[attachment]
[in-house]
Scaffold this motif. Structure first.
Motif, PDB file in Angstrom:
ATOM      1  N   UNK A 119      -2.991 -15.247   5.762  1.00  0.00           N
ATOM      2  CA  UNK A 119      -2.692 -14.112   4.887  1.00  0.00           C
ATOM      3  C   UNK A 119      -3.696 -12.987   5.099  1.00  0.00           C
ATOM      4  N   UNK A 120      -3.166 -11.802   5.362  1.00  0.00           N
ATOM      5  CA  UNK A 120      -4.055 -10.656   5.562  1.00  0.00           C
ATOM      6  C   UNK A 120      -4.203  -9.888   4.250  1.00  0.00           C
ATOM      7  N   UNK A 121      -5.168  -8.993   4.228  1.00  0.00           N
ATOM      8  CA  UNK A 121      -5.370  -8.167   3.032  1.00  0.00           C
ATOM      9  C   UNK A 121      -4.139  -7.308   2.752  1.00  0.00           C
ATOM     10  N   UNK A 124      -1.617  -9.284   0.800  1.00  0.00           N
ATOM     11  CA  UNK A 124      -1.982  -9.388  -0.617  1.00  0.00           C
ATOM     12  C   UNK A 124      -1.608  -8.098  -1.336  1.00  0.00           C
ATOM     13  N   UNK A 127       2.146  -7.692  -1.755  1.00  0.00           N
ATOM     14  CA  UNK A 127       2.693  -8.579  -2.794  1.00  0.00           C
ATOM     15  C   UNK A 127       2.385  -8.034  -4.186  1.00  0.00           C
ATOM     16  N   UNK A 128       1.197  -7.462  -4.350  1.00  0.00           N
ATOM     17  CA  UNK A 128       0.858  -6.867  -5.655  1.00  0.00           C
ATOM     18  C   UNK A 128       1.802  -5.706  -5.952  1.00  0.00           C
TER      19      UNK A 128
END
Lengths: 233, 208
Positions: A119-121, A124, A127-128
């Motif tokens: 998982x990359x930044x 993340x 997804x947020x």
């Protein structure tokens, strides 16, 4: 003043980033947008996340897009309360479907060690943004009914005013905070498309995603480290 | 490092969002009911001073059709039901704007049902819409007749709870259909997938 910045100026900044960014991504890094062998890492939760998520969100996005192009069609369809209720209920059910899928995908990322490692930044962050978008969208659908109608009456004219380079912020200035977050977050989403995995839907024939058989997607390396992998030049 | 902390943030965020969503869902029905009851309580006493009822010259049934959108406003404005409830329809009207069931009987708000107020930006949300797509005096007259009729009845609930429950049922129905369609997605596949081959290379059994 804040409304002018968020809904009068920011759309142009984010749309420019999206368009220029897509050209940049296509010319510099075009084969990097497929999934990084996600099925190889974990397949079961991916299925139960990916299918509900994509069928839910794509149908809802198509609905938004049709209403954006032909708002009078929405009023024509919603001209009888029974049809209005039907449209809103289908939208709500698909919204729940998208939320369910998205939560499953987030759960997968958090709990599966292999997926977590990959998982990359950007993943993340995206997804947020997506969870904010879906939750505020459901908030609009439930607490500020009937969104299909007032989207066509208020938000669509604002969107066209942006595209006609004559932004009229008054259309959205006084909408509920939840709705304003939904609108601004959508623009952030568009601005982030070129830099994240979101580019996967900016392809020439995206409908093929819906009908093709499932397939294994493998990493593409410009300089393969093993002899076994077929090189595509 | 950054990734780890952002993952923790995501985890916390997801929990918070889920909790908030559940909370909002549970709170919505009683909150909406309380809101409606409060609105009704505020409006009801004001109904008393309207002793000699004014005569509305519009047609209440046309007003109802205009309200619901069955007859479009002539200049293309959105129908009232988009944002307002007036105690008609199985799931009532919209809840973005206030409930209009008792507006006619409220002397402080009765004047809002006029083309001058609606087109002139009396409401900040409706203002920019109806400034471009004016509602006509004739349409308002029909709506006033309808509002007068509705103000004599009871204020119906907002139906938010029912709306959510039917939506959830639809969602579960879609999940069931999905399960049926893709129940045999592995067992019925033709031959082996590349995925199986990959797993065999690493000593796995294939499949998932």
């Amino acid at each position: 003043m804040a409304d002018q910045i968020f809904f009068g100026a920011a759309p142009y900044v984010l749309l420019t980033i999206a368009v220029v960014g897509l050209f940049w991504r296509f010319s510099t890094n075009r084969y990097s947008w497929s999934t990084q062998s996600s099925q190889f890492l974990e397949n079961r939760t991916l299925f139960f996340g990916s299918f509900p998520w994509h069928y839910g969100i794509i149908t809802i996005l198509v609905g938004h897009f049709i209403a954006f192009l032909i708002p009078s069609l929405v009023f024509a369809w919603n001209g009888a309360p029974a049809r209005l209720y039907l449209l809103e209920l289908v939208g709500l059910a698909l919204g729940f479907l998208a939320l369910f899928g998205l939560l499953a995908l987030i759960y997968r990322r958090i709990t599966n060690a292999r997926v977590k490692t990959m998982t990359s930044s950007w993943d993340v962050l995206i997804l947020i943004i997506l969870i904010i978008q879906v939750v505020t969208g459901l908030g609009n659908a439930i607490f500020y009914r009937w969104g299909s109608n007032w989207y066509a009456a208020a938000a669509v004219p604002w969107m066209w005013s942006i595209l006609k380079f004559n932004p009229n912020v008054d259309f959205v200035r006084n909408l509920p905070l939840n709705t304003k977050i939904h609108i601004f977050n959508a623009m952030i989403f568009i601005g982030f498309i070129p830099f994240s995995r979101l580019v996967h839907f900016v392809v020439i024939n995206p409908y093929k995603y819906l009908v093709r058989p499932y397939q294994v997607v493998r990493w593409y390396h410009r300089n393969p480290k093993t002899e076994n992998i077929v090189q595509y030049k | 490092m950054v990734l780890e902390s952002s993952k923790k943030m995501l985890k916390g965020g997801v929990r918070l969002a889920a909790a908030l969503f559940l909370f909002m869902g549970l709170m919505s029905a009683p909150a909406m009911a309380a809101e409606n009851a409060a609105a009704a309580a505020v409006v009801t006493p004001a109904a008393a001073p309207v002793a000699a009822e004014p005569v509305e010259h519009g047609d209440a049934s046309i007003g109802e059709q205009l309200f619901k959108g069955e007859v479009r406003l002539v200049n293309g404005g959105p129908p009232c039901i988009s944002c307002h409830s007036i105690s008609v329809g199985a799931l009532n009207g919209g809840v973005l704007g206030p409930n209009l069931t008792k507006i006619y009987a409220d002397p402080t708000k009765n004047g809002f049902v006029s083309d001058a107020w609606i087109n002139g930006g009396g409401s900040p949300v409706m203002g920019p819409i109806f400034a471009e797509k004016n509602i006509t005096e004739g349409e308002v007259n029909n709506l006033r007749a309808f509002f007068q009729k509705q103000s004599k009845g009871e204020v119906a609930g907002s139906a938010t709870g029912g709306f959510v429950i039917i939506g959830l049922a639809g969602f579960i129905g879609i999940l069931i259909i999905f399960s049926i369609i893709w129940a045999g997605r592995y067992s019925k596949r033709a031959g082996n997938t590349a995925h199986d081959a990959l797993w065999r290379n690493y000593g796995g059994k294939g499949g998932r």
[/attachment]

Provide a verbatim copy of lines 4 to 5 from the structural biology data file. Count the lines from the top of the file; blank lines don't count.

ATOM      1  N   UNK A 119      -2.991 -15.247   5.762  1.00  0.00           N
ATOM      2  CA  UNK A 119      -2.692 -14.112   4.887  1.00  0.00           C